Intro: Gender variance is becoming more common in young people. International guidelines recommend GnRH analogues (GnRHa) for gender variant young people from Tanner stage 2 onwards and cross-sex hormones (CSH) from age 16yr onwards. However, no good evidence exists how these affect growth. This first report aims to determine the impact of GnRHa and CSH on growth in young transgender adolescents to help inform prescribing in this patient cohort.
Methods: This is a prospective study of 44 young transgender people, attending the national Gender Identity Development Service early intervention clinic, on GnRHa for 1.3-3.8 years, transitioned to CSH treatment aged 16yr. 14 attained adult height (7 transgirls and 7 transboys) thus far. Changes in height and height velocity were calculated at each transition point.
Results: Seven transgirls, with a mean age at presentation of 12.5yr (range: 12-14; SD ± 0.8), started GnRHa at mean Tanner stage 3 (2-5±1.2), mean age 13yr (12.2 14.6±0.9) and CSH at mean age 16 yr (15.9 16.6±0.2); and 7 transboys all at Tanner stage 5, mean age at menarche 12yr (9-13±1.5), mean age at presentation of 14.2 yr (13.4 14.7±0.46), started GnRHa at mean age 15.1 yr (14.2 16.7±0.7) and CSH at mean age 16.5yr (15.8 17.7±0.3). Mean adult height was 180 cm (range: 167 190.1±7.2) in transgirls and 162.5 cm (range: 157.7 165.3±3) in transboys. Mean height velocity on GnRHa was 3.6 cm/yr (range: 0.035.5±1.8) in transgirls and 0.9 cm/yr (range: 02.2±0.7) in transboys. Mean height velocity on CSH for transgirls 3.5 cm/yr (range: 0.78.5±3) and 0.3 cm/yr (range: 00.8±0.3) for transboys. Mean total pubertal growth for transgirls was 16.8 cm (range: 1.224.2±7.7) and 2.3 cm (range: 04.2 cm ±1.6) for transboys.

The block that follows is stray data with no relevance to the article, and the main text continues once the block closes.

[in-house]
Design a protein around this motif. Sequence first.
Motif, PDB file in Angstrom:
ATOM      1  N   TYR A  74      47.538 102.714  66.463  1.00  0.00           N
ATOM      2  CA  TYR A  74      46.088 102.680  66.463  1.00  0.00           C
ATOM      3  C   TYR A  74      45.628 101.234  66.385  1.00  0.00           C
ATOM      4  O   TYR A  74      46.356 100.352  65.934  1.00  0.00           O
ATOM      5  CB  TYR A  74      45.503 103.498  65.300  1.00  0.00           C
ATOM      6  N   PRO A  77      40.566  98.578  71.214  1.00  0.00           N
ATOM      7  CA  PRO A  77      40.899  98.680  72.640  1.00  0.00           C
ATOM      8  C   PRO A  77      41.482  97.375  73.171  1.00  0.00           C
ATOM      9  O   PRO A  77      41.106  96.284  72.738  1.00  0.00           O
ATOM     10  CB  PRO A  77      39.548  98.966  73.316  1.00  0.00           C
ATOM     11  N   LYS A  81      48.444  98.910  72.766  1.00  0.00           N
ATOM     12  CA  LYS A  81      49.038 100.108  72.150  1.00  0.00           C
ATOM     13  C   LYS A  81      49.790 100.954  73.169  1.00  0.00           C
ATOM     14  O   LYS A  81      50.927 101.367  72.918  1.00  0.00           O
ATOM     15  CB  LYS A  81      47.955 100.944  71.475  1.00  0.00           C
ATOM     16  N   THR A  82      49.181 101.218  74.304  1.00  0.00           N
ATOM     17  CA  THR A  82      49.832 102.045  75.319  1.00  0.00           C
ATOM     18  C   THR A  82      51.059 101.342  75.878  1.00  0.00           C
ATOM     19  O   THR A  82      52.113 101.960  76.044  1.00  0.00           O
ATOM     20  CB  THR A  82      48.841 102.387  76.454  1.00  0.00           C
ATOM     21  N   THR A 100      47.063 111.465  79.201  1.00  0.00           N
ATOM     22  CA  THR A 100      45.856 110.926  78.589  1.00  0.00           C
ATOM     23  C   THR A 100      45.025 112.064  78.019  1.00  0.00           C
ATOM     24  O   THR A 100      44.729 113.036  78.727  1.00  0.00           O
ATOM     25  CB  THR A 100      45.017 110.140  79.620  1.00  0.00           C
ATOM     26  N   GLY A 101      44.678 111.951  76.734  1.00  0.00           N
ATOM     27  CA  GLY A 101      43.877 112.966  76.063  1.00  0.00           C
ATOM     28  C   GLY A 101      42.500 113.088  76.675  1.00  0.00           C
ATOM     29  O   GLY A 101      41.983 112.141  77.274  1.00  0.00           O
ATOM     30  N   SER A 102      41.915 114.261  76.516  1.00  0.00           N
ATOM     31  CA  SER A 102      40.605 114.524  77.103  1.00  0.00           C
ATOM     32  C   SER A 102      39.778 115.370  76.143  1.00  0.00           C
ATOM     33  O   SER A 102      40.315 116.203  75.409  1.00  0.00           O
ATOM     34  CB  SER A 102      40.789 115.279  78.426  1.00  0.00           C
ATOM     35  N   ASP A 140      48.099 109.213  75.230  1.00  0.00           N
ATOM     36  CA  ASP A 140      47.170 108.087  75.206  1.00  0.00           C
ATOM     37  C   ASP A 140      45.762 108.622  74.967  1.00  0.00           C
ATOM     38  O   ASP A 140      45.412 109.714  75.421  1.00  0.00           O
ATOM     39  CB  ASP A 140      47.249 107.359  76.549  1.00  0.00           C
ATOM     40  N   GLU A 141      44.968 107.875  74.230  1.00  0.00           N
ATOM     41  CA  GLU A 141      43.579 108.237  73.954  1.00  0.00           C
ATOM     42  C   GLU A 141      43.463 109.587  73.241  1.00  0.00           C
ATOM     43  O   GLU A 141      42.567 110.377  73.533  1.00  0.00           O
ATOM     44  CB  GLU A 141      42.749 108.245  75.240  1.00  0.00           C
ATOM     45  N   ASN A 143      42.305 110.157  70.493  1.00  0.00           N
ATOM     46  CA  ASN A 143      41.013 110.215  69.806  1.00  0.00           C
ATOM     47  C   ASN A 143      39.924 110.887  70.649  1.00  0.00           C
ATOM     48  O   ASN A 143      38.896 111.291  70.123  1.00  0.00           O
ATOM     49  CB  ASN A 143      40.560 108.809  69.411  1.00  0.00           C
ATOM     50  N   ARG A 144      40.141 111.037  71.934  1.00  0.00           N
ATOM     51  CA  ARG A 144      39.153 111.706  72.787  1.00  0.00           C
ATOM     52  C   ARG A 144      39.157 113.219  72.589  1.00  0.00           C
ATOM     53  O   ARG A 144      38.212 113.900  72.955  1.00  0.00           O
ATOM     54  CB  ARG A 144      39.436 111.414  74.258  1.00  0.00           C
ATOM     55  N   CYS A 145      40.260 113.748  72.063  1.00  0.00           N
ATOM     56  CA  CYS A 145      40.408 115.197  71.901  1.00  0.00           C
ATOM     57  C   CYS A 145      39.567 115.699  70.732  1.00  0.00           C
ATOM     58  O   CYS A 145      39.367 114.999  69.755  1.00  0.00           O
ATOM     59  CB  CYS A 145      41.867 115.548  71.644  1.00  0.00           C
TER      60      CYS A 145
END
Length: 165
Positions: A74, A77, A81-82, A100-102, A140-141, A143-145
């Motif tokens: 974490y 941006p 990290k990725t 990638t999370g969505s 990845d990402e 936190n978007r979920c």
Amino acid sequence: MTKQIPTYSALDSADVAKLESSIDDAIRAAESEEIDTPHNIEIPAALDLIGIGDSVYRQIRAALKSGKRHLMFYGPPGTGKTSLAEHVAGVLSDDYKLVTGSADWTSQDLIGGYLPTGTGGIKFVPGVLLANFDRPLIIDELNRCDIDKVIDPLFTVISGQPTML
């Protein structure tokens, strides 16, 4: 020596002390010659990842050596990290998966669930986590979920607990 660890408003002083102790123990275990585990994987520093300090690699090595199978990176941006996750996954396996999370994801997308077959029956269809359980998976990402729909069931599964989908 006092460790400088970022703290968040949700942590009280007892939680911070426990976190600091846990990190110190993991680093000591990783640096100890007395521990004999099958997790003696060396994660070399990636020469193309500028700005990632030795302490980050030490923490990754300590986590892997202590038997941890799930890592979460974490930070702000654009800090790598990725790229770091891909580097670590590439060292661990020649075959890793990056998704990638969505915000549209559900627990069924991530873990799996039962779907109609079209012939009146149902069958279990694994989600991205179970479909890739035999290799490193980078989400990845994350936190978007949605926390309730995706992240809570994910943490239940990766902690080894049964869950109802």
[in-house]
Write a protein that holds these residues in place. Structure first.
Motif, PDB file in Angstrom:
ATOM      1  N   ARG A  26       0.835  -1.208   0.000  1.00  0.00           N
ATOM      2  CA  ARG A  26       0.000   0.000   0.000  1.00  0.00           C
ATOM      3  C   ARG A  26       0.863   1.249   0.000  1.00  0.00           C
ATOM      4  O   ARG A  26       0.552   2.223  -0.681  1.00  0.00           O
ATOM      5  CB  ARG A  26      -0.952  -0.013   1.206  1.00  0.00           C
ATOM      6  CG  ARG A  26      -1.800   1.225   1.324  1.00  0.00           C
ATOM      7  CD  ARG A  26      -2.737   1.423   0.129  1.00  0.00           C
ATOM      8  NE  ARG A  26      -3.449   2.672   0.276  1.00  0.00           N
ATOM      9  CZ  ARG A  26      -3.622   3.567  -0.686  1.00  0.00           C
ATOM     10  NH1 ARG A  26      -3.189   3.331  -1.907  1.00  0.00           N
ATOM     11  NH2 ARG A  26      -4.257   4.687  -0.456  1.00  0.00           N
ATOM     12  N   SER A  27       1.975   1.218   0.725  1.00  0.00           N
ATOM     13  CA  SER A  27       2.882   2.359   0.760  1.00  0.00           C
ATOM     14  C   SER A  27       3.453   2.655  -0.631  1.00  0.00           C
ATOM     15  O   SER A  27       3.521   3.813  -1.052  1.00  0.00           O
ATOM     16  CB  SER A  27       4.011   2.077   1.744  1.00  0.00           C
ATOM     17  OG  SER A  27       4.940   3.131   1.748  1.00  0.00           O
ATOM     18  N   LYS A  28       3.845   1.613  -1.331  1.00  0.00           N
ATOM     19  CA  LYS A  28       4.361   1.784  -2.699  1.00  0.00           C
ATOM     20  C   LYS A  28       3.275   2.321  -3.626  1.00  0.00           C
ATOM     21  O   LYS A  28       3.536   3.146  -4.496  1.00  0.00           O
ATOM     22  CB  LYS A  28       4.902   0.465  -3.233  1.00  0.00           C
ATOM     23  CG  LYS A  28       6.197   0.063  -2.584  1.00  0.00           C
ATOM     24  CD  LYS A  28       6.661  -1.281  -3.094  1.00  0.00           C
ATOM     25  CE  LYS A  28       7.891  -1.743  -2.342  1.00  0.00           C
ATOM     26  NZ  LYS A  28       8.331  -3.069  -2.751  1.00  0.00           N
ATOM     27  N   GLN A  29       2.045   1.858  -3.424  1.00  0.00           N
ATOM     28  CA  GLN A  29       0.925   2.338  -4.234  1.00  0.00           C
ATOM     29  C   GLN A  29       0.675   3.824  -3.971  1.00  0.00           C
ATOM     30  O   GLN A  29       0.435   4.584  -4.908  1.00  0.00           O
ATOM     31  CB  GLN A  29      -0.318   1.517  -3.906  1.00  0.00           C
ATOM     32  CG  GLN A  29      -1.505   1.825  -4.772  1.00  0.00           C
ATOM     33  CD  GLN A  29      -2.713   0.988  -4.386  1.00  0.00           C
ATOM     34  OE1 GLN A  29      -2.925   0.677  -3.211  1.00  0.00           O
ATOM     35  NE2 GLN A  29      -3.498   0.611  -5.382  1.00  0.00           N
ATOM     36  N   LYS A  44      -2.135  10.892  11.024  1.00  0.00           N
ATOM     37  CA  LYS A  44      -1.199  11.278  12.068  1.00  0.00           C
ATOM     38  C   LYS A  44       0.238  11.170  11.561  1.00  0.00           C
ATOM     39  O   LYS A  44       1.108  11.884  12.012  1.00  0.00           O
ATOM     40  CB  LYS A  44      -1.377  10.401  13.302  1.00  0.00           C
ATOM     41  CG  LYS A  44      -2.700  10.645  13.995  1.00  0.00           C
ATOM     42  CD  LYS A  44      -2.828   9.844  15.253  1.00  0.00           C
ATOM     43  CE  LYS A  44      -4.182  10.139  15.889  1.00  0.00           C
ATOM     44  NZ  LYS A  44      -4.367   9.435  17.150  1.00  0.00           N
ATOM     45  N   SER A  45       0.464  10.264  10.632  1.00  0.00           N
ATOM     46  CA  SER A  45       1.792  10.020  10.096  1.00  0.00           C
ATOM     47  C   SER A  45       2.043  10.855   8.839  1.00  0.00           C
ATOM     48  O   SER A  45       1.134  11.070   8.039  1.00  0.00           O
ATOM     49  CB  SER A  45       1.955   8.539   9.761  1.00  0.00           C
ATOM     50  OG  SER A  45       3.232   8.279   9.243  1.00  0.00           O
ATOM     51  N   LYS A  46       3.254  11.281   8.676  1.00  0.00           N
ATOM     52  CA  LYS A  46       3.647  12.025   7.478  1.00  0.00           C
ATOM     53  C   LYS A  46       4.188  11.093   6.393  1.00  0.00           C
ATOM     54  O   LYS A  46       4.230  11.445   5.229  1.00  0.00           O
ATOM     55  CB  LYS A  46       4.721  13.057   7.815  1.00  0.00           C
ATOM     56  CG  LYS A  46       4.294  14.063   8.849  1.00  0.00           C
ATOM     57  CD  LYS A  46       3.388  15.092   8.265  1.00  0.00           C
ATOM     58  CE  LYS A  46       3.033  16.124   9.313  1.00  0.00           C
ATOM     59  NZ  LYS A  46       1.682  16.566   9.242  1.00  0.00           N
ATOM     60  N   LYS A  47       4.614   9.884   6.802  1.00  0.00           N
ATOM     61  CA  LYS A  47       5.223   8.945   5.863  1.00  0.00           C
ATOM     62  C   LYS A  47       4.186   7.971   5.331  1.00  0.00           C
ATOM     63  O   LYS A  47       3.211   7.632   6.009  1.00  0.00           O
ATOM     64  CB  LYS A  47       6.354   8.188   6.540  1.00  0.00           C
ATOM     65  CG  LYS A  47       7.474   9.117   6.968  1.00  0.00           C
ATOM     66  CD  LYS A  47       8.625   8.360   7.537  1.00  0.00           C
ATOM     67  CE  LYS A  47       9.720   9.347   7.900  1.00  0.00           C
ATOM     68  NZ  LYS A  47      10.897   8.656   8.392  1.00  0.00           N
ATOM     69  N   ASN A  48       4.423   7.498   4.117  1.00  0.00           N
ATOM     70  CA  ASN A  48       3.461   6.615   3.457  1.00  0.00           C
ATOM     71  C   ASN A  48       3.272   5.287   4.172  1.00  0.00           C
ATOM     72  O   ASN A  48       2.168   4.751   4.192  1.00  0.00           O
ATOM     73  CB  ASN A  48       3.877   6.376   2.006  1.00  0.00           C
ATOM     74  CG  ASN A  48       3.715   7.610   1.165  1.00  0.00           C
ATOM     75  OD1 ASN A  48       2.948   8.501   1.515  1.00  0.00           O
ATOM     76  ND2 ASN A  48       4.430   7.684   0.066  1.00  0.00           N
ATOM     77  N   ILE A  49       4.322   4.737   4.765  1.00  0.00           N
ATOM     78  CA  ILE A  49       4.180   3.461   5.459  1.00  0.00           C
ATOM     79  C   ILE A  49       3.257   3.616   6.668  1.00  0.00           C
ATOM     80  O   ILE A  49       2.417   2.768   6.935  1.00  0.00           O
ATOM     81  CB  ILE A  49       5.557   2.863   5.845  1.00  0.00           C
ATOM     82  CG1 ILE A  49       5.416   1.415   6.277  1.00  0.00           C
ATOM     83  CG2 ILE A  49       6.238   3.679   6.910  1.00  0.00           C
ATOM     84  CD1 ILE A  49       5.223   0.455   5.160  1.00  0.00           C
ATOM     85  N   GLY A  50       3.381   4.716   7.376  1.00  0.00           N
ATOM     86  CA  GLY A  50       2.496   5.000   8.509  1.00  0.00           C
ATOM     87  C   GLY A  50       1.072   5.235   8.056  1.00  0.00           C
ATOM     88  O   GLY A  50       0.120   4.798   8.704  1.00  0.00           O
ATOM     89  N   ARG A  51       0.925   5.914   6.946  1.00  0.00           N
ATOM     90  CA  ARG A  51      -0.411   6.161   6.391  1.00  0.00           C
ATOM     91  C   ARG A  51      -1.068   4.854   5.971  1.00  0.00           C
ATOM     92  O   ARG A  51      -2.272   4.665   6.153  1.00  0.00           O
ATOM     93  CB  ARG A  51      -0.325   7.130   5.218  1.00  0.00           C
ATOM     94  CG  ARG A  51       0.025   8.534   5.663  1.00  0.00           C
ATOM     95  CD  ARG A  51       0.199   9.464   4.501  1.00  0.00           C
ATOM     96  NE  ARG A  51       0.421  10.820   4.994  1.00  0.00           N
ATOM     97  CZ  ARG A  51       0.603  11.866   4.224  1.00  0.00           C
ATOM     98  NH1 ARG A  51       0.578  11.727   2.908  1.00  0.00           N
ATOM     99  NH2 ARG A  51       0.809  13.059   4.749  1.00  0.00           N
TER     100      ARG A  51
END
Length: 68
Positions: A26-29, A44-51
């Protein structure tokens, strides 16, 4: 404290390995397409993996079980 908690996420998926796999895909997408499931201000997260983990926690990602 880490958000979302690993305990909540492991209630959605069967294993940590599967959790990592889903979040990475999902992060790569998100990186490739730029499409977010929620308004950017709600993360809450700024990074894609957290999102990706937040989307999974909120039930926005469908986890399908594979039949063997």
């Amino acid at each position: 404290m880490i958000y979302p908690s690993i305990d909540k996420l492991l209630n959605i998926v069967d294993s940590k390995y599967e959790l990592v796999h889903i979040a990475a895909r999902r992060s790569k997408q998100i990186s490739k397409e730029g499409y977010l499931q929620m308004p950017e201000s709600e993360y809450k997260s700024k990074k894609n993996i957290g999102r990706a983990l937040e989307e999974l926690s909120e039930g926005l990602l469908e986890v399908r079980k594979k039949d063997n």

Conclusion: Transboys did not show significant growth on GnRHa or CSH, but they were were older at presentationand all post-pubertal at start. Transgirls grew extensively on GnRHa and then unexpectedly only had modest growth when female puberty was induced with oestradiol. This may have arisen from the extension of the pre-pubertal growth phase leaving little growth potential. In some cases, this might challenge gender preferences as a taller final adult height could interfere more with passing in their preferred female gender. These are preliminary conclusions and further study is required.
27 - 29 Sep 2018
European Society for Paediatric Endocrinology